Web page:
Taiwan stages naval drills as tensions mount with Manila

Tensions between the Philippines and Taiwan have worsened dramatically over the past several days.

On May 9, a Philippine Coast Guard cutter turned its machine guns on a small unarmed Taiwanese fishing vessel in waters claimed by both countries. A 65-year-old Taiwanese fisherman was killed. Diplomatic relations between Taipei and Manila have spiralled into an escalating war of words, sanctions and military exercises.

Philippine President Benigno Aquino’s government claims that the four Taiwanese fishermen fired upon were illegally fishing in waters within the Philippine exclusive economic zone (EEZ). The United Nations Convention on the Law of the Sea (UNCLOS), of which the Philippines is a signatory, holds that fishermen caught illegally fishing within a state’s exclusive economic zone may not be detained or charged criminally. The Philippine Coast Guard opened fire on an unarmed vessel on the open sea—an international criminal act.

Taiwanese President Ma Ying Jeou demanded that Manila issue an apology, punish those responsible, and compensate the victims by May 15. If these demands were not met, he threatened, new Filipino workers would be banned from entering Taiwan.

Last Wednesday, President Aquino provided a formal apology. Ma termed this “a positive step” but said it was insufficient and Taiwan would proceed with sanctions. In the 48 hours since this statement, relations have rapidly deteriorated.

Taiwanese Premier Jiang Yi-huah has issued most of Taiwan’s public statements and has taken a sharper tone than Ma. “The Philippines has shown a lack of sincerity in resolving this matter,” he stated Wednesday. “Taiwan will continue to exert pressure on the Philippines. We will not allow any country to endanger our people’s safety or harm our national sovereignty.”

Taiwan ended the granting of working visas to Filipinos and recalled its diplomatic representative to the Philippines. Approximately 35,000 Filipino workers travel to Taiwan every year, the vast majority taking low-paying factory positions. There are currently 87,000 Filipinos legally working in Taiwan.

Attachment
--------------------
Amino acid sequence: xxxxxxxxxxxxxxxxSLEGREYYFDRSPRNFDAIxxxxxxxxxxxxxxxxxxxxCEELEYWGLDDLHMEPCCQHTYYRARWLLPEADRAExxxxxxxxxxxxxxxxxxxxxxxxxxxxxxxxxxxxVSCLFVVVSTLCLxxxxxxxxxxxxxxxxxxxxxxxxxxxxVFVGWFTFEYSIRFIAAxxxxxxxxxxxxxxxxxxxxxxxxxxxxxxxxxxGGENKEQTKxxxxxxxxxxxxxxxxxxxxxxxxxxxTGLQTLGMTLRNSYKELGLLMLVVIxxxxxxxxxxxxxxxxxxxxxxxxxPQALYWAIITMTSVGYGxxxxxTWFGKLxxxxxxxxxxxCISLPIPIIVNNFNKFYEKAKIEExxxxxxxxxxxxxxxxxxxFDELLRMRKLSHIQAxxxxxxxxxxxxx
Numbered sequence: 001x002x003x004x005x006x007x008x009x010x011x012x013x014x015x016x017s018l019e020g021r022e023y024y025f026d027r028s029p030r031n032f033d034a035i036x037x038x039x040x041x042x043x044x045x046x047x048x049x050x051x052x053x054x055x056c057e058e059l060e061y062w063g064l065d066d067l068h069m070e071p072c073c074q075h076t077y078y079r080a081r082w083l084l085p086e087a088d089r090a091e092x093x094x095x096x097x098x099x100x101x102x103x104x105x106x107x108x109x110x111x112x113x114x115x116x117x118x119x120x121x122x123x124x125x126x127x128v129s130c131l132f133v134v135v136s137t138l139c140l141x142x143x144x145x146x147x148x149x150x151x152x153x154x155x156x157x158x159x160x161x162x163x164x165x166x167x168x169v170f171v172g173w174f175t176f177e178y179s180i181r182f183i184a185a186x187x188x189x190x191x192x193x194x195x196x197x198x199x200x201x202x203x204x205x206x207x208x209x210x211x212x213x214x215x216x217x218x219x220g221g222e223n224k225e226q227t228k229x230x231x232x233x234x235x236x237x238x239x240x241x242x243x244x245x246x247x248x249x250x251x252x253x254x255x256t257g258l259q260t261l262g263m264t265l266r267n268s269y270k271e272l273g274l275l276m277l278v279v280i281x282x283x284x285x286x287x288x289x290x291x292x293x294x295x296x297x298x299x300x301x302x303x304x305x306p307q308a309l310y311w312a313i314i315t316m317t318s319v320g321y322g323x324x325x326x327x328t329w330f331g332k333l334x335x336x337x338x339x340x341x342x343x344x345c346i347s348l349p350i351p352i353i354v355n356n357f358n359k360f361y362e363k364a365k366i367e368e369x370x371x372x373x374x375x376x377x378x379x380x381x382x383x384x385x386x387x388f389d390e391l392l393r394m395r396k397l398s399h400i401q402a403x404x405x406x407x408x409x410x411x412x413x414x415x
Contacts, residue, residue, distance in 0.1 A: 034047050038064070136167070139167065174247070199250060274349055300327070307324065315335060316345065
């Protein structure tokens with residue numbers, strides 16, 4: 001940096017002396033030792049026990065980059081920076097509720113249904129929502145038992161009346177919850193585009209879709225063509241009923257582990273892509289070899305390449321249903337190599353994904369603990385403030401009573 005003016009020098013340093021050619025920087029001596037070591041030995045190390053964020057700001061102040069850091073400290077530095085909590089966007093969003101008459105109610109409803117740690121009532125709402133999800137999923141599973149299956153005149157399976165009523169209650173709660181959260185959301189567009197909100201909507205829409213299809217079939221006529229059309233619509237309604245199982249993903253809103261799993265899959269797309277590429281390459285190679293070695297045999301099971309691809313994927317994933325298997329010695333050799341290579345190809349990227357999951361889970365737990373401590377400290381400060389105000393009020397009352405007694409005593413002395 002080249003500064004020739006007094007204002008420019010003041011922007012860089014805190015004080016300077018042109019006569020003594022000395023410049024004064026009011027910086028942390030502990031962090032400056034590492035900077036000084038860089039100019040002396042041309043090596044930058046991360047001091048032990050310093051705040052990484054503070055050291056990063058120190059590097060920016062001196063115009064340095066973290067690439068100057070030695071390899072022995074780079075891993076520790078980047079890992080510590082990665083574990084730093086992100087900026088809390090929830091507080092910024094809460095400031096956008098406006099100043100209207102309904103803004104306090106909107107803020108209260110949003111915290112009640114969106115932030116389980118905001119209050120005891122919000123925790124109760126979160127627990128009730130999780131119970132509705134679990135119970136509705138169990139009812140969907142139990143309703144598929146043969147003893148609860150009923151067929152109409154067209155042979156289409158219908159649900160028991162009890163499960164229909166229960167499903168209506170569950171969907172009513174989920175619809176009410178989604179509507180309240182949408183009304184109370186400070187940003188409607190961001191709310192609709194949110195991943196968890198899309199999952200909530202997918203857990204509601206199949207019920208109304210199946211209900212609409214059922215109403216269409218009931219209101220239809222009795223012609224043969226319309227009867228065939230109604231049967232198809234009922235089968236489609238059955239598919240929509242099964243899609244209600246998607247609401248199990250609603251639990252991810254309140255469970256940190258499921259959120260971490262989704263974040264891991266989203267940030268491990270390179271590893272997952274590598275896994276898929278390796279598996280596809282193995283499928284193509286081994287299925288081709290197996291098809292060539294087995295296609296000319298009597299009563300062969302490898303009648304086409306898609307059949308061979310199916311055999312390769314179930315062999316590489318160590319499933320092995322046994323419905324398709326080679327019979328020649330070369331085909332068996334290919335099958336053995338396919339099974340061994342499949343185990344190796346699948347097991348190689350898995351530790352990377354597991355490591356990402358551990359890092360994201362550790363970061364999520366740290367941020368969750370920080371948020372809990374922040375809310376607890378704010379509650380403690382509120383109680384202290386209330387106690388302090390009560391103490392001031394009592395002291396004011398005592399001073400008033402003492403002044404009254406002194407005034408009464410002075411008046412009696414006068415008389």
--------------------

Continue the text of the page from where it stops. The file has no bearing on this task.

Premier Jiang further stated that everyone should be prepared for these sanctions “to be in effect for a prolonged period.”

Within hours of the rejection of Manila’s apology, Philippine presidential spokesman Edwin Lacierda stated that Aquino was dispatching his personal representative, Amadeo Perez, to Taipei with a formal letter of apology. The letter was said to convey “the Filipino people’s deep regret and apology to the family of Mr. Hung Shi-chen as well as to the people of Taiwan over the unfortunate and unintended loss of life.”

The Taiwanese government explicitly rejected the formulation “unfortunate and unintended,” which it said indicated that Aquino’s administration was not taking the matter seriously. Taiwanese Foreign Minister David Lin refused to meet with Perez, as did the family of the dead fisherman.

Snubbed, Perez returned home, stating that the Philippines had “gone the extra mile” and “acted uprightly and decently as a respectable member of the international community.”

Yesterday morning, Premier Jiang announced that Taipei was initiating a second stage of “retaliatory measures.” Taiwan issued a red travel warning against the Philippines, advising all Taiwanese citizens to avoid travelling to the country. About 210,000 Taiwanese visited the Philippines last year, contributing substantially to tourism revenue. All interaction between high-level officials has been suspended, along with joint economic and trade-activity exchanges, fishery cooperation and scientific research cooperation projects.